Monday, 16 June 2014

come wind and weather



our pitch, ready and waiting first thing on Saturday morning!
© Teresa Newham
Given my previous experiences with Art on the Common, regular readers of this blog won't be surprised to learn that I stalked the weather forecast obsessively last week. My co-exhibitor Hillary Taylor and I set up with high hopes; there was only a 5% chance of rain, after all!  I'd even decided to bring along some original watercolours rather than playing it safe with prints.

Harpenden Common Discovery Day
© Teresa Newham

A few spots of rain as we opened didn't daunt us; plenty of folk were out and about visiting the show, or on their way to and from the Harpenden Common Discovery Day, which was taking place further down the Common.

down came the rain . . .
© Teresa Newham
So we were quite relaxed; and when the heavens did open (of course) we just moved everything under cover.  Then the rain started blowing in horizontally through the open sides of the gazebo . . .

. . .  and soon everything was getting extremely wet!
© Teresa Newham
We started to wipe everything down as the rain slackened off. Even though the exhibits were dumped in the middle of our former display, people were coming in to take a look; at one point I sold an Acer Leaf monoprint from a mini browser perched on a soaking wet tablecloth.  We started to lay it all out again and down came the rain for a second time; I hastily moved my pieces back into the centre, virtually prising boxes of postcards and bookmarks out of somebody's hands as the rain blew in.

revised layout, with everything on central tables
© Teresa Newham
When we finally dried it all off once more and surveyed the damage, there was surprisingly little.  Our framed stuff was virtually unscathed, and everything else was damp but OK (so glad I brought along some kitchen roll!).  We dragged all the tables to the middle, covered them with the driest cloths, and set up for a third time . .

some of Hillary's drawings, with the City of London at the front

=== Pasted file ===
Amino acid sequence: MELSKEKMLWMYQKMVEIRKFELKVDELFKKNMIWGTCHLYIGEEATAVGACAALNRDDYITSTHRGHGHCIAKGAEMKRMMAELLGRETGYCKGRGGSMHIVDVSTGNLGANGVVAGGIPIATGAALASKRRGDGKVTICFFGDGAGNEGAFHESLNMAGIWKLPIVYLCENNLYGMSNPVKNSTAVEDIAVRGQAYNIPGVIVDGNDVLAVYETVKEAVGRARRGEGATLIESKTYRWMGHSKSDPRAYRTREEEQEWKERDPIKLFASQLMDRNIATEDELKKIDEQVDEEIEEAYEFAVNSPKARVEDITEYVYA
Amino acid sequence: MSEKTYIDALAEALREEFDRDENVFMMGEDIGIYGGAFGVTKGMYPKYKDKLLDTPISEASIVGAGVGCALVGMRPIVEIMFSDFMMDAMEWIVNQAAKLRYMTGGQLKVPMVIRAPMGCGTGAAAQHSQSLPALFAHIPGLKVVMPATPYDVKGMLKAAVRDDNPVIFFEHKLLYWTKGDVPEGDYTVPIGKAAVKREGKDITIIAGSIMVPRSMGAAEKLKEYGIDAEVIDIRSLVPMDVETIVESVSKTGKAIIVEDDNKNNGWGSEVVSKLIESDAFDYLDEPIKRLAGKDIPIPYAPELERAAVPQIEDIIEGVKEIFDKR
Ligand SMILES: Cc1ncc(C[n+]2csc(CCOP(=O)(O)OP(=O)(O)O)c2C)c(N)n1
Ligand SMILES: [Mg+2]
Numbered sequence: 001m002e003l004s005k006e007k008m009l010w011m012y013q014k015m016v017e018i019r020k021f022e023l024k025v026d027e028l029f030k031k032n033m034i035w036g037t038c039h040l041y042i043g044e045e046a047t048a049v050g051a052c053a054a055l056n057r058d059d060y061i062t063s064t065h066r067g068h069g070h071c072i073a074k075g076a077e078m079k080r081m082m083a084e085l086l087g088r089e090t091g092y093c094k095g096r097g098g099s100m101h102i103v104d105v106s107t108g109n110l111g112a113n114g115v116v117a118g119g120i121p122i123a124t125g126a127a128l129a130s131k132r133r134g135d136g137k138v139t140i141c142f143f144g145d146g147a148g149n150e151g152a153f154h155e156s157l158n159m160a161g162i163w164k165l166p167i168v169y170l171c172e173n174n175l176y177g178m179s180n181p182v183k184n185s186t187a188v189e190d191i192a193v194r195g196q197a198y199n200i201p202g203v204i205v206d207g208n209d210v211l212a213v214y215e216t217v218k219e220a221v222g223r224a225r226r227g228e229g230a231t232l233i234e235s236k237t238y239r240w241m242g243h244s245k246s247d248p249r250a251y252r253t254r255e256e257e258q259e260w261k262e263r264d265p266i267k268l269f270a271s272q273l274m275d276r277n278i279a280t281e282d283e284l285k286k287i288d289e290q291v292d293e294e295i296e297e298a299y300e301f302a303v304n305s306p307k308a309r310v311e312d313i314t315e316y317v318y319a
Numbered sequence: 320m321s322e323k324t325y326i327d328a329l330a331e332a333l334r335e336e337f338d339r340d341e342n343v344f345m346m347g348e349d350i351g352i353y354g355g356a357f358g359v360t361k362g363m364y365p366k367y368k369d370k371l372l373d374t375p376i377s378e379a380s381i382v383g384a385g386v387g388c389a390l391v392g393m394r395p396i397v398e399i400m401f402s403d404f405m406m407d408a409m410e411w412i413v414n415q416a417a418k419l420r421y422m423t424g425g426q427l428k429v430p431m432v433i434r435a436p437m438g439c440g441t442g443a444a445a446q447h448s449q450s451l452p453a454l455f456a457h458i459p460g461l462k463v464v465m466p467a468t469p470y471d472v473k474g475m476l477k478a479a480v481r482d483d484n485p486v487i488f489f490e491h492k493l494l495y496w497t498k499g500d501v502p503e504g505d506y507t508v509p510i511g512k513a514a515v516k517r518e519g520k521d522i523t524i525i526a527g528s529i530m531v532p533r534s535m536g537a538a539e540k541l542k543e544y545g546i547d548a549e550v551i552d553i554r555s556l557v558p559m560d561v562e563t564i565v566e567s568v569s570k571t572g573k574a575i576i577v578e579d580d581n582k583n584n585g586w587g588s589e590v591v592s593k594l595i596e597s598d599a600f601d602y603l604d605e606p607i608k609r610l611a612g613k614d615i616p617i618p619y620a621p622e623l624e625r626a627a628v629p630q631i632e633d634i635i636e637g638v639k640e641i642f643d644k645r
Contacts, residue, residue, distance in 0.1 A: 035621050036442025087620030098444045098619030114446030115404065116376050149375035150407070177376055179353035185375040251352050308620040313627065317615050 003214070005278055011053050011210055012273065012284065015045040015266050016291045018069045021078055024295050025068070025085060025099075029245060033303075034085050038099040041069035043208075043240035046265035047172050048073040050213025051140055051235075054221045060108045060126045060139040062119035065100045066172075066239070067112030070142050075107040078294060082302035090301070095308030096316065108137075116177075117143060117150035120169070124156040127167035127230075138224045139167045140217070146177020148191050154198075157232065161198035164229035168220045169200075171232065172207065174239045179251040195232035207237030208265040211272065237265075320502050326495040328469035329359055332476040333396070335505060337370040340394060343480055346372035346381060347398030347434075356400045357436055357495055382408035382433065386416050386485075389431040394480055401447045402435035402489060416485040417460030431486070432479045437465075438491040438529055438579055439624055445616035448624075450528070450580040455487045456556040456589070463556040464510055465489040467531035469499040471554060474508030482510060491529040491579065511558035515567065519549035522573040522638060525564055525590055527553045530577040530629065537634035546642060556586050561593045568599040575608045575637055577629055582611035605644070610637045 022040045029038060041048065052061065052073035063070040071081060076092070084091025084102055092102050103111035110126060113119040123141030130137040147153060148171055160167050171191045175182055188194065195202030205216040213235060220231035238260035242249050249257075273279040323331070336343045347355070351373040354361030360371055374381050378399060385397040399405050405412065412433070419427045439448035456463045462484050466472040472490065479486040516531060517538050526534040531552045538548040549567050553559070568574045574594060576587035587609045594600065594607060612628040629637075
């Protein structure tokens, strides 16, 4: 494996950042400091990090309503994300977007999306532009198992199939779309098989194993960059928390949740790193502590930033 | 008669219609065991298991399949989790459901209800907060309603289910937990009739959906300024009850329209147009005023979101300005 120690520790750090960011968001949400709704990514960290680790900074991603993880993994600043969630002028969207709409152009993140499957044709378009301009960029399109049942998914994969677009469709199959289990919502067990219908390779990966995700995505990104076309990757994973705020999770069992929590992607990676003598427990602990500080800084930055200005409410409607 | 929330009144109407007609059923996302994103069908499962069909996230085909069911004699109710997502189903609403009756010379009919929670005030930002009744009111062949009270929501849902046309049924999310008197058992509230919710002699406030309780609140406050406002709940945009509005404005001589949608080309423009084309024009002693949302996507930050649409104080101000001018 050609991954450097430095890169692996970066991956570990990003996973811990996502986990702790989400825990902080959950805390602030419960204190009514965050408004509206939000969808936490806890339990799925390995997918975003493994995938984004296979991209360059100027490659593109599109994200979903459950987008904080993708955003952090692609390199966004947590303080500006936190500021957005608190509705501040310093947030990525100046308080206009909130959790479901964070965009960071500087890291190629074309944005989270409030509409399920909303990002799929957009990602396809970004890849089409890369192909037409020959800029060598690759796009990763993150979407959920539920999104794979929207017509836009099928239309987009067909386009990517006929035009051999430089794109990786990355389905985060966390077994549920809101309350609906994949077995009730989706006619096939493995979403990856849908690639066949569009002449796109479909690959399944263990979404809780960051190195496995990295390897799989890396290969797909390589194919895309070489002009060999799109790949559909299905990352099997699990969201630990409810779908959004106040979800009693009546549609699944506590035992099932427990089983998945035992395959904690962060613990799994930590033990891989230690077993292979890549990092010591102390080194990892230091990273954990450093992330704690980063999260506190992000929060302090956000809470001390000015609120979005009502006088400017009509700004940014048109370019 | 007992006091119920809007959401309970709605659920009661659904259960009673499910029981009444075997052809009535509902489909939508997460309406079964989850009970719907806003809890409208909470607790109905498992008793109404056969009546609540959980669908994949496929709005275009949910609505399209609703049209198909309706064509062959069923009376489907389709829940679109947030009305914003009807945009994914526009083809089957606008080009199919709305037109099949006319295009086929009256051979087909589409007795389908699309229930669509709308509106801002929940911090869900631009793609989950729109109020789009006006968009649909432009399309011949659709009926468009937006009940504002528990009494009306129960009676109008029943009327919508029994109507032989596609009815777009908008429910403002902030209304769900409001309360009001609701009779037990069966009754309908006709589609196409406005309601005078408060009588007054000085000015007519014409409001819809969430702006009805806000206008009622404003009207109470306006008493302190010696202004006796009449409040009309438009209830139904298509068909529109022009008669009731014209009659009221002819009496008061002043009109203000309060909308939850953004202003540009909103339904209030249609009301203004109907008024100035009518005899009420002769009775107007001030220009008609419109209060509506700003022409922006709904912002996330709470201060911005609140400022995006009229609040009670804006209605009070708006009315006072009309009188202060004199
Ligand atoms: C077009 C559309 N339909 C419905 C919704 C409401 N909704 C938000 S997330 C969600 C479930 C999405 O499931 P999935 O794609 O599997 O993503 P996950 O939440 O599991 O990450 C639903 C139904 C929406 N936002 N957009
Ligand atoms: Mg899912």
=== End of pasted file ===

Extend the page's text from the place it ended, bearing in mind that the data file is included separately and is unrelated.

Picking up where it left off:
© Teresa Newham
The new layout enabled visitors to walk around the outside of the whole display while we sat at the back, and was a vast improvement on our original idea.  We liked it so much that on Sunday we set up like that from the outset, with only a light drizzle to contend with.  The wind, however, was stronger today: a couple of my taller exhibits fell over and had to be relocated onto the grass.

the second day - re-arranged again to guard against the wind!
© Teresa Newham
We both made some encouraging sales; my watercolour painting May Evening, Harpenden Common has found a new home - and two Winter Bird monoprints are on their way to Dorset!  so it was a good morning, even though I had to ask my husband to bring me some trainers and socks as my feet were getting cold in some ill-advised sandals!

some of the other art on show
© Teresa Newham
The weather hadn't kept the crowds away - there were plenty of art-lovers walking up and down looking at the work on show.  The wind was still playing havoc - I had to re-arrange my cards in the rack to stop them blowing about - and as a final sting in the tail while we were packing up, a gust tore at the gazebo canopy just as we'd removed the tent pegs. It could have been a Mary Poppins moment . . .

cards jammed in tight to stop them blowing about
© Teresa Newham
I've learned a lot this weekend: sales can happen in the most appalling weather and the right person for the right painting can appear out of the blue.  Well-framed or well-wrapped items can survive a shower or two.  Always pack appropriate footwear.  And never, ever trust the weather forecast . . . !